After an emergency C-section, my Mom and my Mother in law were outside of the nursery window, waiting for Taylor to be brought out, along with your aunts, and they both started screaming and jumping up and down when Paul came out with that baby. Paul couldn’t figure out how they knew it was a girl but that pink knit hat had given it away. Gosh, they were so happy. Taylor was the first Bennett granddaughter (followed by Lauren, then Hailey) and the second for my mom and dad. They took us home from the hospital, too. Mother let my dog, Buddy, smell that new baby, then told him that she was ours. Buddy was a very good dog and the only time he misbehaved was licking Cheerios off Taylor’s fingers.

In 1995, we had a 40th birthday party for Tim. That was a very fun day.

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Mom and Dad had a good run living in Rancho Tehama.

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Taylor and Max
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1996 New Years Eve. I let Taylor stay up. Mom and Dad had already gone to bed but got back up for the New Year.

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Mother battled health problems for the entire decade.

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Two more great events occurred in the 1990’s.  Aunt Jackie and Uncle Roger got married on September 27,1997.

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Jackie and Roger

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Jim and Stefanie got married on December 28, 1997 in Monterey, CA and then had a church wedding on November 28, 1998. Taylor was the flower girl in each of these weddings.

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Eddie was supposed to be in Jim’s wedding but Eddie had enlisted in the U.S. Army and thus missed the service. Anthony filled in for his brother.

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These were the last big events my parents were to participate in.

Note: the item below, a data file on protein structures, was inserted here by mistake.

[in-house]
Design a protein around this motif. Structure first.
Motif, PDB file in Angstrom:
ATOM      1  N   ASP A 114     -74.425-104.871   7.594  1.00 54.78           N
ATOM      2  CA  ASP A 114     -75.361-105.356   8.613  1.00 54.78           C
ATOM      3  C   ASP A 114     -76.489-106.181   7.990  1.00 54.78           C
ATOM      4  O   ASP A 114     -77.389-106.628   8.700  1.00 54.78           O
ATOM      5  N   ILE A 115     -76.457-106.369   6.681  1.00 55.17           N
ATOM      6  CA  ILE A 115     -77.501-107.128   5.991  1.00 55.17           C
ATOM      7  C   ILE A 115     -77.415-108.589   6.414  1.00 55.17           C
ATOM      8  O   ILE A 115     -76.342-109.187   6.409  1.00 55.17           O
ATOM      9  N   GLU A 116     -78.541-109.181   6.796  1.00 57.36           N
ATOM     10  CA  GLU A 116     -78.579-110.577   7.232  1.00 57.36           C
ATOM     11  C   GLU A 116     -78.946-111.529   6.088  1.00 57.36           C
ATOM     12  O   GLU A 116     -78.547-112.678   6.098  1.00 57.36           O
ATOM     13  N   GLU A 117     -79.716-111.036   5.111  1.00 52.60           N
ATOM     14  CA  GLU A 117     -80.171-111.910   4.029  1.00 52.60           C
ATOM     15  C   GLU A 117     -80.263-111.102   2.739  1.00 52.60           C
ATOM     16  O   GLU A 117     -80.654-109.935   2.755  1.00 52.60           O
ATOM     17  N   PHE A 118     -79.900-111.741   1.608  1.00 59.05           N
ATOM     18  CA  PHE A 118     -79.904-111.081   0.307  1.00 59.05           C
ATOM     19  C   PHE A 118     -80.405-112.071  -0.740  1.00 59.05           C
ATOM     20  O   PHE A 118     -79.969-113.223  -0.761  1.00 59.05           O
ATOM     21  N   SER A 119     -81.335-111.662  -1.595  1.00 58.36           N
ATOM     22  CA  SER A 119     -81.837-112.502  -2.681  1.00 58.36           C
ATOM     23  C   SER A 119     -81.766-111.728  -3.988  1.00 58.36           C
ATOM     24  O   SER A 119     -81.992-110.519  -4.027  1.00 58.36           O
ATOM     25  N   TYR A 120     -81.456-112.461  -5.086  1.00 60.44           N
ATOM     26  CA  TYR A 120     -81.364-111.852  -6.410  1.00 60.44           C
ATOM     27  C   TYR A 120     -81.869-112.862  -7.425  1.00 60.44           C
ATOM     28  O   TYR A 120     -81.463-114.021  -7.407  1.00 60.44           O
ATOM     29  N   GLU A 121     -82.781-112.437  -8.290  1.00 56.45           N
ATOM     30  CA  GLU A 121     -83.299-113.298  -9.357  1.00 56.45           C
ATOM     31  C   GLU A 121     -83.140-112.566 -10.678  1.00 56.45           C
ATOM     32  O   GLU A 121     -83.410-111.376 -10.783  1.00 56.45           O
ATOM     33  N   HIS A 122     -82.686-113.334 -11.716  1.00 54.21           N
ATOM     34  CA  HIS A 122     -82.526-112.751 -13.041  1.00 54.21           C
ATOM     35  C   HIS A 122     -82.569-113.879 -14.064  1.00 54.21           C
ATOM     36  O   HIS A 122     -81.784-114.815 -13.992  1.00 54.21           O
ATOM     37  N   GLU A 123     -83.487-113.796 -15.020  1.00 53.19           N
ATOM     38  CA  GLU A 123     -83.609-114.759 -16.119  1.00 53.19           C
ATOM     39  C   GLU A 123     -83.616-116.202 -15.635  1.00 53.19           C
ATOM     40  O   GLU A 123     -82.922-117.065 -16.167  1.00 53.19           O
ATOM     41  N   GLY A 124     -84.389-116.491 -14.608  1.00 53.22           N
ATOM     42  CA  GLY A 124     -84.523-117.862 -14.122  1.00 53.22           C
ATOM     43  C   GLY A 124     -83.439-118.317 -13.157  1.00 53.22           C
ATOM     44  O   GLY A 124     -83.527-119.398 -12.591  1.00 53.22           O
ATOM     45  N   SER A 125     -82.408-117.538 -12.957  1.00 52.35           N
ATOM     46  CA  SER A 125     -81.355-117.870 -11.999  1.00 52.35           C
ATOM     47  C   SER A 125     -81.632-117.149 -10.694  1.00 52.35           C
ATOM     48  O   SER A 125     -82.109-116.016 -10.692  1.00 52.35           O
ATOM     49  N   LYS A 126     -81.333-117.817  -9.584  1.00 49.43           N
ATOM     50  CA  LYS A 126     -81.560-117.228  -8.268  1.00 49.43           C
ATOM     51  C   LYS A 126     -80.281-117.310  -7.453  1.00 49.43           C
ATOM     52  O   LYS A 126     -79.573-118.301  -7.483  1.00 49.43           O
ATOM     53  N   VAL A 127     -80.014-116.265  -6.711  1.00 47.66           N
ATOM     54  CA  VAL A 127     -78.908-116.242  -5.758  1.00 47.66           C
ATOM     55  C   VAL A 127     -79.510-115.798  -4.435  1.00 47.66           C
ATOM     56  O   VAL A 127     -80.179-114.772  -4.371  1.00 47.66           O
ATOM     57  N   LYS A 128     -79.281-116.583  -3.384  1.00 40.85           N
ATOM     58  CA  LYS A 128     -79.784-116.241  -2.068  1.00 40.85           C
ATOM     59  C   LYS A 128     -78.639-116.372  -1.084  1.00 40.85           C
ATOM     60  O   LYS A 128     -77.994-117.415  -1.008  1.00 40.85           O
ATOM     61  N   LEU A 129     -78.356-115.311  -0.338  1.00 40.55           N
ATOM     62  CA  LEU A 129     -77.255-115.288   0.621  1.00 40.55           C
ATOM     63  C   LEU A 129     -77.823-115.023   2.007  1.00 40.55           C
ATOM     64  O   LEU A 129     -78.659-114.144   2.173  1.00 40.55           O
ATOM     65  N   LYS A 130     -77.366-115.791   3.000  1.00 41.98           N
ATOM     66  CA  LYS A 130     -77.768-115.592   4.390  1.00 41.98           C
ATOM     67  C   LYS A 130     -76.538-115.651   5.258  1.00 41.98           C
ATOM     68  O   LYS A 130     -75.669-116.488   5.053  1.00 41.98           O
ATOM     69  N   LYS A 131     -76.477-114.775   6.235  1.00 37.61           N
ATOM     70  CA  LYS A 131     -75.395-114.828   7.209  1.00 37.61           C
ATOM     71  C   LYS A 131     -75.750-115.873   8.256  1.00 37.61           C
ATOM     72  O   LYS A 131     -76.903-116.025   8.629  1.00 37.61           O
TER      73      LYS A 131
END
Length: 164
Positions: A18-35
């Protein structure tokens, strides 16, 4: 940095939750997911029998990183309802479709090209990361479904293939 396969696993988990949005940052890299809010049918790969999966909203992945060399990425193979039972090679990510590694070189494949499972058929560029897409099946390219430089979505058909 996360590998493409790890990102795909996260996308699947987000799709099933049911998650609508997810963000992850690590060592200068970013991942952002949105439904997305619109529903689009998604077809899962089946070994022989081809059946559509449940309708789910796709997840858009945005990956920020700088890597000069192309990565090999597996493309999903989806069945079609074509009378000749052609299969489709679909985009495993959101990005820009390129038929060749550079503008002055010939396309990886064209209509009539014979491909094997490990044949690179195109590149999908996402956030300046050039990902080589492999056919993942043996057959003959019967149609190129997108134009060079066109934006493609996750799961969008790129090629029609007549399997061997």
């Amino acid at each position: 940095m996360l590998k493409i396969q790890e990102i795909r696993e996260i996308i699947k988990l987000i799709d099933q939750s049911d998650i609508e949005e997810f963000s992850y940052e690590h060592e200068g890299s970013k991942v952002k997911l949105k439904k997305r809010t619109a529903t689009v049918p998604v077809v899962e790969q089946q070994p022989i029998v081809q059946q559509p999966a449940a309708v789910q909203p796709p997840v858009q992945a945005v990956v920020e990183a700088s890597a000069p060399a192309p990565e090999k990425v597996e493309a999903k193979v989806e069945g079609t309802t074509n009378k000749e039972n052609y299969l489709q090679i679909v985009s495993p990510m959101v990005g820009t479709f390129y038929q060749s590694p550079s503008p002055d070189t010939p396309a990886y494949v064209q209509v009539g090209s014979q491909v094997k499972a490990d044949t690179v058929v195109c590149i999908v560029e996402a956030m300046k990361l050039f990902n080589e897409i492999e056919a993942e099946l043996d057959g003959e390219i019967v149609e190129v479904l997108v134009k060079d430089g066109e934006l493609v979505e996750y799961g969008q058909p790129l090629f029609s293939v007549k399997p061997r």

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Me, Tara, Jackie, Laurie, Cammie, Momma and Taylor

The last grandchild to be born while my mother was alive was William Jacques Bennett. I had toyed with the idea of naming him William Charles, after my grandfather but then I thought about it and really liked the idea of naming him our family name.

Brand New Jacques being bathed by Aunt Cammie and Grandma Jubie in the sink
Taylor, Ed, Anth, Nick, Max and Jim

The one event that crystallized our family life in the 1990’s was the year we all celebrated Christmas at my mom’s house. I don’t think Jacques was born yet, but every member of our family was present. Usually there would be someone missing from a holiday, but that Christmas, each and every one of us was present.  All nineteen of us, under one roof. And yes, one bathroom. That was a hell of a holiday. My mother was so damn happy. We sang songs, ate Christmas dinner, opened gifts, it was every holiday movie rolled into one, much to my mother’s delight. There were people sleeping in every room. Mother had the kids make Christmas lists for her and then she purchased every single item on the list. She said she needed to spoil them while she could.

 

In the last three years of the 1990’s, Mother’s health really deteriorated. She had a new tumor and we found that the cancer was active again and had spread to her brain. She was 69 years old and was coming up on a big birthday. By the new decade, she would be turning 70 years old. I had another  great brainstorm…we should throw Momma a big bash for her birthday. It was going to be a surprise party and I had her invitations designed. Unfortunately, the party was never meant to be.